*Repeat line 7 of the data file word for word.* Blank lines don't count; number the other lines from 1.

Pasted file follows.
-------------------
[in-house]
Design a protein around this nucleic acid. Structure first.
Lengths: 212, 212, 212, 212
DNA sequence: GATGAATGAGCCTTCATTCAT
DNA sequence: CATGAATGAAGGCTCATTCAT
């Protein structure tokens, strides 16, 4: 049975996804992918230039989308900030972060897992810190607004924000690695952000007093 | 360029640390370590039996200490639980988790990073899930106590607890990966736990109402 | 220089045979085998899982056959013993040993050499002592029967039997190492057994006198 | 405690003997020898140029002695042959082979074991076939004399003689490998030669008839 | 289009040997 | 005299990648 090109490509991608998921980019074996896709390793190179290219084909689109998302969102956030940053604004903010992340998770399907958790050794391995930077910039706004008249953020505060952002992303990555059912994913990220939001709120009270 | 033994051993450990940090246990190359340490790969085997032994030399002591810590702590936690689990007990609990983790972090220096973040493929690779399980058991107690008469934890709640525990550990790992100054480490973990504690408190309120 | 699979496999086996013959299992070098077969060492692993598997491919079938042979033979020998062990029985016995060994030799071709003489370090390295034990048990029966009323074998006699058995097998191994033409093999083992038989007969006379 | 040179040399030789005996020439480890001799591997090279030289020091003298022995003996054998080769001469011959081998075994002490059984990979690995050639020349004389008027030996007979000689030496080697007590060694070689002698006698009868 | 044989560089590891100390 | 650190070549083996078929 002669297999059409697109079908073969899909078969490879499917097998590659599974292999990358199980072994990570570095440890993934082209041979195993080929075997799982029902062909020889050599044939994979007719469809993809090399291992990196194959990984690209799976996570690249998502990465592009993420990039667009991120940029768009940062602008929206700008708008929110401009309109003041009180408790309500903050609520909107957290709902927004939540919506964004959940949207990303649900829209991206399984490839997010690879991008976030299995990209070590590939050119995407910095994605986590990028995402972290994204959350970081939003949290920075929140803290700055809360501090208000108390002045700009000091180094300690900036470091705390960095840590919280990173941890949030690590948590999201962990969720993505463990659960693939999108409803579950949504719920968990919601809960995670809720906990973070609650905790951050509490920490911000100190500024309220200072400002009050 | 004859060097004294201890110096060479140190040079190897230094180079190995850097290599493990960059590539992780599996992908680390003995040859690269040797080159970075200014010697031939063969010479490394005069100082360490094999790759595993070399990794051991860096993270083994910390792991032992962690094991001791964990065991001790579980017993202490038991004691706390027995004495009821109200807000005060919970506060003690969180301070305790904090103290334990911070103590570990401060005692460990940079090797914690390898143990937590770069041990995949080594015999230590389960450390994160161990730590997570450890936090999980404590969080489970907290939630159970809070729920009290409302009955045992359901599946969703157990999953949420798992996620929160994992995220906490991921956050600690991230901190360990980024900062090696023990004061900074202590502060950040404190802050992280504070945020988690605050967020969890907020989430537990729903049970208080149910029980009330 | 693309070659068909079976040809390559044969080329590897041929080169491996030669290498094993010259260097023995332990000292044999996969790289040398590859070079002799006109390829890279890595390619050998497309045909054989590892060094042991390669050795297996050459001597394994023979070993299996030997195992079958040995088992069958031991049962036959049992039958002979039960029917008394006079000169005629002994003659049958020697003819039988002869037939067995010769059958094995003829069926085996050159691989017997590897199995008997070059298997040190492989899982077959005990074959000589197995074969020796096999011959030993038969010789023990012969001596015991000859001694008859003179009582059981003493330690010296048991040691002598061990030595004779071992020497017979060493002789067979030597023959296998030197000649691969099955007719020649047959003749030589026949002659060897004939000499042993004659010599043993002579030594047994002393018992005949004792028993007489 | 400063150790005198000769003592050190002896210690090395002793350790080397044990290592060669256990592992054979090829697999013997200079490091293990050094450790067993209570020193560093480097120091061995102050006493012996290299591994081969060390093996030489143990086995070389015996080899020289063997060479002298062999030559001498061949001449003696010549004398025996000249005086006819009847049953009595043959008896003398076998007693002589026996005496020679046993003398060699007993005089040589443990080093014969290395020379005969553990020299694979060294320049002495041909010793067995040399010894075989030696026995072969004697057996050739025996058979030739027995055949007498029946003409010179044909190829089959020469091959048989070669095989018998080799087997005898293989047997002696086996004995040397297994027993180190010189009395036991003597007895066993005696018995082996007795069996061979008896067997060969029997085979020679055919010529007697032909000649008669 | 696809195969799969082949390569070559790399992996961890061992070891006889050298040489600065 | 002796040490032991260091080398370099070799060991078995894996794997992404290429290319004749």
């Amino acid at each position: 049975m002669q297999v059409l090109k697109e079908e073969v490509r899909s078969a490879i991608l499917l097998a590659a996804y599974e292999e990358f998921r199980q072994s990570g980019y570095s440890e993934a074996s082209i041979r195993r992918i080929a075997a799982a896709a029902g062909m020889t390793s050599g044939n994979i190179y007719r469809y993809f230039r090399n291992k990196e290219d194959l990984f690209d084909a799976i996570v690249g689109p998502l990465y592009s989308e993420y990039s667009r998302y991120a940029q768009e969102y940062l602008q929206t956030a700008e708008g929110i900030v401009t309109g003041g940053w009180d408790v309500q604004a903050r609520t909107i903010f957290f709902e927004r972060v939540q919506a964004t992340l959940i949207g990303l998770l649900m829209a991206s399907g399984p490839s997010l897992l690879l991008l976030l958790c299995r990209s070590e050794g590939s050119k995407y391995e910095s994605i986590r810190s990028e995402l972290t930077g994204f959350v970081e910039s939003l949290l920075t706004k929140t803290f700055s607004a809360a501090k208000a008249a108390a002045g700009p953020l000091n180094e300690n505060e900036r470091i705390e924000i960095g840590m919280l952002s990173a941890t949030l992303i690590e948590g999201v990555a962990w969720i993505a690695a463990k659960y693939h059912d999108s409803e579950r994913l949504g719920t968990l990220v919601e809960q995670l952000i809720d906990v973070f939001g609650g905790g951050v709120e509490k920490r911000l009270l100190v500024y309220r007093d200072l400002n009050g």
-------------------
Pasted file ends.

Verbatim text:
């Amino acid at each position: 049975m002669q297999v059409l090109k697109e079908e073969v490509r899909s078969a490879i991608l499917l097998a590659a996804y599974e292999e990358f998921r199980q072994s990570g980019y570095s440890e993934a074996s082209i041979r195993r992918i080929a075997a799982a896709a029902g062909m020889t390793s050599g044939n994979i190179y007719r469809y993809f230039r090399n291992k990196e290219d194959l990984f690209d084909a799976i996570v690249g689109p998502l990465y592009s989308e993420y990039s667009r998302y991120a940029q768009e969102y940062l602008q929206t956030a700008e708008g929110i900030v401009t309109g003041g940053w009180d408790v309500q604004a903050r609520t909107i903010f957290f709902e927004r972060v939540q919506a964004t992340l959940i949207g990303l998770l649900m829209a991206s399907g399984p490839s997010l897992l690879l991008l976030l958790c299995r990209s070590e050794g590939s050119k995407y391995e910095s994605i986590r810190s990028e995402l972290t930077g994204f959350v970081e910039s939003l949290l920075t706004k929140t803290f700055s607004a809360a501090k208000a008249a108390a002045g700009p953020l000091n180094e300690n505060e900036r470091i705390e924000i960095g840590m919280l952002s990173a941890t949030l992303i690590e948590g999201v990555a962990w969720i993505a690695a463990k659960y693939h059912d999108s409803e579950r994913l949504g719920t968990l990220v919601e809960q995670l952000i809720d906990v973070f939001g609650g905790g951050v709120e509490k920490r911000l009270l100190v500024y309220r007093d200072l400002n009050g």